Picture this: six, clear tubes, labelled in a simple code that belies the complexity of the underlying experiment. I add liquid, typically clear with no discernible color, hue or other distinguishing features that might signal that this is anything more than water.
I set a timer. Ten minutes of incubation at room temperature. I place the tubes in a centrifuge and spin, 15,000 cycles per minute. I wait fifteen minutes more, remove some clear liquid and add more, but a different kind. I repeat each step six times, one for each tube.
In between actions, I change the tip of my pipetman - the device that allows microliter control over the liquid added to the evolving biochemical reaction. Change tip, add liquid, next tube. Repeat.
During these day-long exercises in repetition, I've experienced some failures. These mistakes fall into one of two broad categories: external or internal. In the external class, I become distracted by something happening outside my head. A conversation between colleagues or a conversation I've started. When these conversations reach some mystical level of distraction, I will realize in a moment of panic that I've skipped a critical step. Or, I've lost track of the tubes. Or, I've lost count. Failure.
After enough mistakes like these, I learned my lesson. I turned inward; ignoring outside conversations and became a curmudgeonly introvert. Friendly colleagues, or friendly friends, received a growl or, at best, a one-word grunt. Beyond that, I focused on staying focused.
However, this approach was not without problems, and I soon fell victim to the second class of distractions: the internal. Being in my own head often resulted in mind-wandering. I started thinking about the rationale for my experiment. I brainstormed alternate strategies for answering my question. I cogitated about what I knew about my research, hoping my subconscious might stumble on some new insight. Often, I humored metacognitive tangents: what am I thinking about? Am I staying focused? How much control should I exert on my own thinking? In many cases, these daydreams were beneficial, leading to some moments of creativity.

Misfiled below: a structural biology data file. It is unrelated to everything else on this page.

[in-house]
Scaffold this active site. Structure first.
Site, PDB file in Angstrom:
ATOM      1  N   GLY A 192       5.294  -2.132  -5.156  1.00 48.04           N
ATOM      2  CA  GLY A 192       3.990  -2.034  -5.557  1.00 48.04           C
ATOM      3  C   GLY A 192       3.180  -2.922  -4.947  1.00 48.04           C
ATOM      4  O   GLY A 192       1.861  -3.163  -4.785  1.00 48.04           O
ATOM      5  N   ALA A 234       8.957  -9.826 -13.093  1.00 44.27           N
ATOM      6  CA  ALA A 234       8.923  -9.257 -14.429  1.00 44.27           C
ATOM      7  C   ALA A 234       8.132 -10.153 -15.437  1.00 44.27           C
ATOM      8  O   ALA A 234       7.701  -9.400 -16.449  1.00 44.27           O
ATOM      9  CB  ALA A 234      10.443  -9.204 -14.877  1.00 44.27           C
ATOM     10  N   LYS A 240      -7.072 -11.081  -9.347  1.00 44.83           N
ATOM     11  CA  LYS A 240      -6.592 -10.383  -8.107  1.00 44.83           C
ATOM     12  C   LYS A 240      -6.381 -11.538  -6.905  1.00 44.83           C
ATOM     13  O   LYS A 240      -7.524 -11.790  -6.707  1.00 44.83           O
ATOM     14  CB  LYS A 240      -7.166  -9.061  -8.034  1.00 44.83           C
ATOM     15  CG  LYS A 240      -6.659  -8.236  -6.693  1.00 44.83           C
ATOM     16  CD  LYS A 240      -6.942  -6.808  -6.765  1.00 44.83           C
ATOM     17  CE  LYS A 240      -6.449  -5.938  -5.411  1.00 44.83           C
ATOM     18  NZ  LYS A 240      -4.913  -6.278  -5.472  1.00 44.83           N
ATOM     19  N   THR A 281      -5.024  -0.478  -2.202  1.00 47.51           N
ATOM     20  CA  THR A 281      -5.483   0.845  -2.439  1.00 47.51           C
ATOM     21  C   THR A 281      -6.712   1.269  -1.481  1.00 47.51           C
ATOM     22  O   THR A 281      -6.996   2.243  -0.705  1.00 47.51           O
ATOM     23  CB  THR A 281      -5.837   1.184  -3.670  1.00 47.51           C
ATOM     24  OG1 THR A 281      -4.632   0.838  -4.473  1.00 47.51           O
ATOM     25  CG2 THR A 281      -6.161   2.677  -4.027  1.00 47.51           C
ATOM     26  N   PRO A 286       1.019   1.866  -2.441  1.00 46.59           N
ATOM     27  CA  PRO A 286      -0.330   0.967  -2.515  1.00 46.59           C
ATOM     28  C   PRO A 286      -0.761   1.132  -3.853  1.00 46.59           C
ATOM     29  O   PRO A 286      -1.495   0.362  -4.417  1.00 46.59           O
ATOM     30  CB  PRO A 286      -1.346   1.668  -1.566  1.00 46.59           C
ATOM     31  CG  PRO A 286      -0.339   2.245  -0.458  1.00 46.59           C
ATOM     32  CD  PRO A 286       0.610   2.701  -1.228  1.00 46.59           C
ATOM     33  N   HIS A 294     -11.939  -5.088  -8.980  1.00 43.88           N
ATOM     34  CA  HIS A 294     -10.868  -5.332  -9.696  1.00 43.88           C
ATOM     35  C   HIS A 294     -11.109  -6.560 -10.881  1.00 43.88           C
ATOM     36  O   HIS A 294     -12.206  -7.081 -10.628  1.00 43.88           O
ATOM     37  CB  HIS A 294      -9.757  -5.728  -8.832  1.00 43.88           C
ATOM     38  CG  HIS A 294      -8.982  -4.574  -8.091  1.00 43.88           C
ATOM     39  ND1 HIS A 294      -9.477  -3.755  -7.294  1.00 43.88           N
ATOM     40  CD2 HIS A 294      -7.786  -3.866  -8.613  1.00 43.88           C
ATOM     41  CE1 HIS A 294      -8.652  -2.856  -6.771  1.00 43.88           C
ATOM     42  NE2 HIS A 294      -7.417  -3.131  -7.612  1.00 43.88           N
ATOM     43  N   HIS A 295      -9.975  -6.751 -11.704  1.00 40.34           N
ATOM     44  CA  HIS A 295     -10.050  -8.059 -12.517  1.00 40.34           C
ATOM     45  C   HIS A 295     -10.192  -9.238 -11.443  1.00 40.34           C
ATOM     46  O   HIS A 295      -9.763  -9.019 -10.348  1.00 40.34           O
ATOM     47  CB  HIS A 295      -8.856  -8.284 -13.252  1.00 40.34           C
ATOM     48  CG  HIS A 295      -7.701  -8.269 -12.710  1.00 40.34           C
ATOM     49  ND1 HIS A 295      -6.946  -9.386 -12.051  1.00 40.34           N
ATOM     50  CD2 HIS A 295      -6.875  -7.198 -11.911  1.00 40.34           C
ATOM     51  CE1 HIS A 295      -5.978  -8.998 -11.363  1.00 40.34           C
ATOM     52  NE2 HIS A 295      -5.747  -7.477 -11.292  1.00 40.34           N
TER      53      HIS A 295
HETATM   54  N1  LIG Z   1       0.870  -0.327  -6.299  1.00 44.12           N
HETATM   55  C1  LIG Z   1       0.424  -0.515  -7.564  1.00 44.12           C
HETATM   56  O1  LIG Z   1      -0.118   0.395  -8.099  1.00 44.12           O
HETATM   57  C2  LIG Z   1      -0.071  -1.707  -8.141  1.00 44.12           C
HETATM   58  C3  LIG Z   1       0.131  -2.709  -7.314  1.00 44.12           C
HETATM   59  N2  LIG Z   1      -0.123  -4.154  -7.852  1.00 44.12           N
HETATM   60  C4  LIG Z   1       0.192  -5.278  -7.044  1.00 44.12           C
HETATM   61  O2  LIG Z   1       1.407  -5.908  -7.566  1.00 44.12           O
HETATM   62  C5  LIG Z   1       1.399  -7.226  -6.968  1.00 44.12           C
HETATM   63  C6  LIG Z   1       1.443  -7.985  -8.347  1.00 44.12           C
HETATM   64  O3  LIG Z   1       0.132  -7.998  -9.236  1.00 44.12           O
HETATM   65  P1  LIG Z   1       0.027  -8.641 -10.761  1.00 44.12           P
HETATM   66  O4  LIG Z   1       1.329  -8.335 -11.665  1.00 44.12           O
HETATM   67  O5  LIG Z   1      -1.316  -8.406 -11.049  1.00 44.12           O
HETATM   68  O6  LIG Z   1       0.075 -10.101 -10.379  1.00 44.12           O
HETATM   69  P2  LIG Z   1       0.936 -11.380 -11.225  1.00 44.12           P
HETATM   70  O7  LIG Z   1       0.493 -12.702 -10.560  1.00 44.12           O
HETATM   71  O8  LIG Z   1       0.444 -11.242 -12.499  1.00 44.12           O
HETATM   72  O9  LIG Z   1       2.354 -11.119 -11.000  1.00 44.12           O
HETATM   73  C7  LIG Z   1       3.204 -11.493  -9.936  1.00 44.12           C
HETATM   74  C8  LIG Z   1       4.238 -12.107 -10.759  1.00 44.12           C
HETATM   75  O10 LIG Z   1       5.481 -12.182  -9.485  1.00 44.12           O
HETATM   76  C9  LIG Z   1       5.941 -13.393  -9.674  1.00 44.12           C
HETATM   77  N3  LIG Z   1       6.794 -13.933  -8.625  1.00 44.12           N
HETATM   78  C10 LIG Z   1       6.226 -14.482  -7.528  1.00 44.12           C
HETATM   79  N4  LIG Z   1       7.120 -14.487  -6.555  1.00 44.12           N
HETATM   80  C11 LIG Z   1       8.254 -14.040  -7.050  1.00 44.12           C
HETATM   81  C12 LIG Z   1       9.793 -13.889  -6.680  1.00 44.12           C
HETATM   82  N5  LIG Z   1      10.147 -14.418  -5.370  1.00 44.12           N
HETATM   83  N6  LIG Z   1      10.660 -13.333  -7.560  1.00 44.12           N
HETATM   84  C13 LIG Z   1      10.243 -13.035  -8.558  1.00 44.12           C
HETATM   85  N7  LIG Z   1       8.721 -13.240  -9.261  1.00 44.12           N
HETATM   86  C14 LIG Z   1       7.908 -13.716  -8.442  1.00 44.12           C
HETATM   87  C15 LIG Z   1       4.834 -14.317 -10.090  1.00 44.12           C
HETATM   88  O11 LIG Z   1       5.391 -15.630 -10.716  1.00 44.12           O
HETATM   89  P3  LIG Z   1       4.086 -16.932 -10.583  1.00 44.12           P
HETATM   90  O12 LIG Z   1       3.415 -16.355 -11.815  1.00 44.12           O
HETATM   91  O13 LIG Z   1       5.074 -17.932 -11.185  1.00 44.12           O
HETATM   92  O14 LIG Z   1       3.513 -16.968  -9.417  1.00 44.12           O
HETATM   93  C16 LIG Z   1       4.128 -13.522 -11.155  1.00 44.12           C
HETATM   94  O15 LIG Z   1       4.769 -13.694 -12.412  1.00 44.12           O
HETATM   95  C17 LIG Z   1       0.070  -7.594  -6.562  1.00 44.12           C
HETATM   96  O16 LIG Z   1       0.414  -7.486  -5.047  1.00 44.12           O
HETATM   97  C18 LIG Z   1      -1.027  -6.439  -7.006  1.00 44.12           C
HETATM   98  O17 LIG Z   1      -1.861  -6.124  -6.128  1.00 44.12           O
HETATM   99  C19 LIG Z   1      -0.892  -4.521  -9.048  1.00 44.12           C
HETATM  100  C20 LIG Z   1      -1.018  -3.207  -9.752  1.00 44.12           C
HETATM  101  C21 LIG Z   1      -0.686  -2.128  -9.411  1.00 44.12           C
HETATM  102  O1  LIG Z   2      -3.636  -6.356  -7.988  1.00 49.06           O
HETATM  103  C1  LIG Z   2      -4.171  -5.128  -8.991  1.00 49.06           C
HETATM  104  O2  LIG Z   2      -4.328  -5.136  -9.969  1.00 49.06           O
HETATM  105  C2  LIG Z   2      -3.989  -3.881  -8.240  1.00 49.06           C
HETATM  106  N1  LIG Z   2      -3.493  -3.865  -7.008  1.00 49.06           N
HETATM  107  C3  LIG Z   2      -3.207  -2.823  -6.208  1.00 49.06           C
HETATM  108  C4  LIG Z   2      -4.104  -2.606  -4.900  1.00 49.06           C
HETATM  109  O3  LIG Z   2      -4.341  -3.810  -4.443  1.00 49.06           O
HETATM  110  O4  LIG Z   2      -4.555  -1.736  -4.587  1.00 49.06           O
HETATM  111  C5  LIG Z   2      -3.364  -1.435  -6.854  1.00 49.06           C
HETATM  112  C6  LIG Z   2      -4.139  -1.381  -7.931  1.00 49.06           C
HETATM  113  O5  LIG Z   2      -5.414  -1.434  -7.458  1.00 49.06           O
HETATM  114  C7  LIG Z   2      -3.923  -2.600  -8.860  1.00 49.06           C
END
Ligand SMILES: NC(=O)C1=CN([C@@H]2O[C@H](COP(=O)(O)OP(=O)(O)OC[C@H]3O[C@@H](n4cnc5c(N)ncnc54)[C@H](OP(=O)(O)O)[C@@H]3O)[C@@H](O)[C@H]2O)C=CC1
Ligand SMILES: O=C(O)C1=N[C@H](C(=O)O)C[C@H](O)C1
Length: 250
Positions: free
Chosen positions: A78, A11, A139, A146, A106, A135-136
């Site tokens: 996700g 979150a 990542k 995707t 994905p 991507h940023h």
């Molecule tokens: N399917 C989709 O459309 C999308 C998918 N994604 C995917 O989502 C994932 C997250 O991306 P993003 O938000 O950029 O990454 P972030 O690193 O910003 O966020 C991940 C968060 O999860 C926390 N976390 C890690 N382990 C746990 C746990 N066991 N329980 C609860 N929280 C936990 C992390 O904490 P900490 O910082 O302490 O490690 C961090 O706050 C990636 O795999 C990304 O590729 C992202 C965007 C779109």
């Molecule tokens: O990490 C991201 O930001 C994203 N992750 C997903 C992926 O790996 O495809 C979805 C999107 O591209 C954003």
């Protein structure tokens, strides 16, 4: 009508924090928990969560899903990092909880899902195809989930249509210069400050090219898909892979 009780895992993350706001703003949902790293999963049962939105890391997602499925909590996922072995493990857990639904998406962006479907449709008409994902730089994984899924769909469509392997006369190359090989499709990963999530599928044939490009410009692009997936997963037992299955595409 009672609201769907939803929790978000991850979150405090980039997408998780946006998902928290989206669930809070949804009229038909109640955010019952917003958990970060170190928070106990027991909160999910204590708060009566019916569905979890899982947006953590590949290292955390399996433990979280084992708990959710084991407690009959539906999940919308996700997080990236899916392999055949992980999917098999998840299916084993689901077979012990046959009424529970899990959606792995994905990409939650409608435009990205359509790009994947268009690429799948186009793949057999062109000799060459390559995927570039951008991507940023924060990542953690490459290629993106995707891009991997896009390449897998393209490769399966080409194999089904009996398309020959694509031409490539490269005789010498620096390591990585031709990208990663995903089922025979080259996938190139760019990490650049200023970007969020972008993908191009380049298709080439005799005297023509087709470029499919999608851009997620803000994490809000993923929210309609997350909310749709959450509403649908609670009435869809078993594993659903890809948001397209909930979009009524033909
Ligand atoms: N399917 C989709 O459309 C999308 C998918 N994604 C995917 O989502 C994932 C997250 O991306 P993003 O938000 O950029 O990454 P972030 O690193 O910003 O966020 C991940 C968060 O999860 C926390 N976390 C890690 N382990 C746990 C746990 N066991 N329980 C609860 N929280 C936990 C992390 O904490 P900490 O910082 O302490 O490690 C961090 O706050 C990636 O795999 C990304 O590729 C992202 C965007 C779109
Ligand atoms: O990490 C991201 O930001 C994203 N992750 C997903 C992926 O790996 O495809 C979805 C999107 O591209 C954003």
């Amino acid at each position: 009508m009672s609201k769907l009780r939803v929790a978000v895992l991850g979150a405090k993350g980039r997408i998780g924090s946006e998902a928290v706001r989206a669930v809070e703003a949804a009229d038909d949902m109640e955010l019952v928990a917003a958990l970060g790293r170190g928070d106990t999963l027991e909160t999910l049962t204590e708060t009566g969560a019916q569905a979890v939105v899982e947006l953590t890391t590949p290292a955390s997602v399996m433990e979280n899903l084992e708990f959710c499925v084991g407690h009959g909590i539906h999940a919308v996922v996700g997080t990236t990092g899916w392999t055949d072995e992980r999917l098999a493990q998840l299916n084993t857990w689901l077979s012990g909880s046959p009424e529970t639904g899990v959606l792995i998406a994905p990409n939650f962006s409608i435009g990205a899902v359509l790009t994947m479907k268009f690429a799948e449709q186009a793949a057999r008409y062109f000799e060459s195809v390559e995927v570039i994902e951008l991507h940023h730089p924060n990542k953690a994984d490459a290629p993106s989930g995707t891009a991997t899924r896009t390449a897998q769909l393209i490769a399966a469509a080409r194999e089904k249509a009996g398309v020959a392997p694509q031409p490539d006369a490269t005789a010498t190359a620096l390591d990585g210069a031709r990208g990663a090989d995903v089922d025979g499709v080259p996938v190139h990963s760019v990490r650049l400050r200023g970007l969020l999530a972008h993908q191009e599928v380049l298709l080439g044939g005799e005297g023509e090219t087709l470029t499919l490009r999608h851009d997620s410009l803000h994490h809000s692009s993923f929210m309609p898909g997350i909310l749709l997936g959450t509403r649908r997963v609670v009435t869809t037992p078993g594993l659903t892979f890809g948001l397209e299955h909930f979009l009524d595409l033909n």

But, like external distractions, when these daydreams sufficiently dominated my consciousness, I would realize in a moment of panic that I had skipped a critical step. Or, I had lost track of the tubes. Or, I had lost count. Failure.
In desperation, I next tried to maintain extreme focus on the process. One, two, three: pipette up, pipette down. Next tube. Next liquid. Repeat.
This worked to some extent, but had the side-effect of producing a tiny case of the "yips", a phenomenon frequently associated with golfers that is marked by the sudden loss of the ability to putt or perform other high-skill, high-precision actions necessary for their sport. In my case, I fumbled about, made little manual errors, and lost the fluid rhythm that normally accompanies pleasurable, hands-on work. What I craved was some in-between state. I wanted to be in the zone, adopting neither a hardened, process-focus, nor an undisciplined mind, wandering without control.
In the end, for me, having "good hands" depended on adopting a sort of loose mental club grip, to run with the golfing metaphor. On the one hand, not "squeezing" the club hard enough by maintaining sufficient focus, resulted in errors of precision. On the other, too much focus, too much control, had negative consequences as well. From a cognitive perspective, over-thinking may ask too much of our limited working memory system, ignoring how the rest of our brain might contribute to the task.
Instead, a loose, "fun", fluid approach to activities that require precision may be the way to go. Molecular biology is one example of complex, hands-on work, but considering the significant link between athletics, surgery and Flow research, I speculate that an absorbed, but fluid, state-of-mind is an essential skill for anyone looking for "good hands".
In the end, like almost everything in life, moderation was a key for me to find a successful approach to concentration. I recommend the "Goldilocks" approach to concentration: not too little, not too much, but just right.
I guess I'll try that experiment one more time. Hopefully, I'll get into the zone.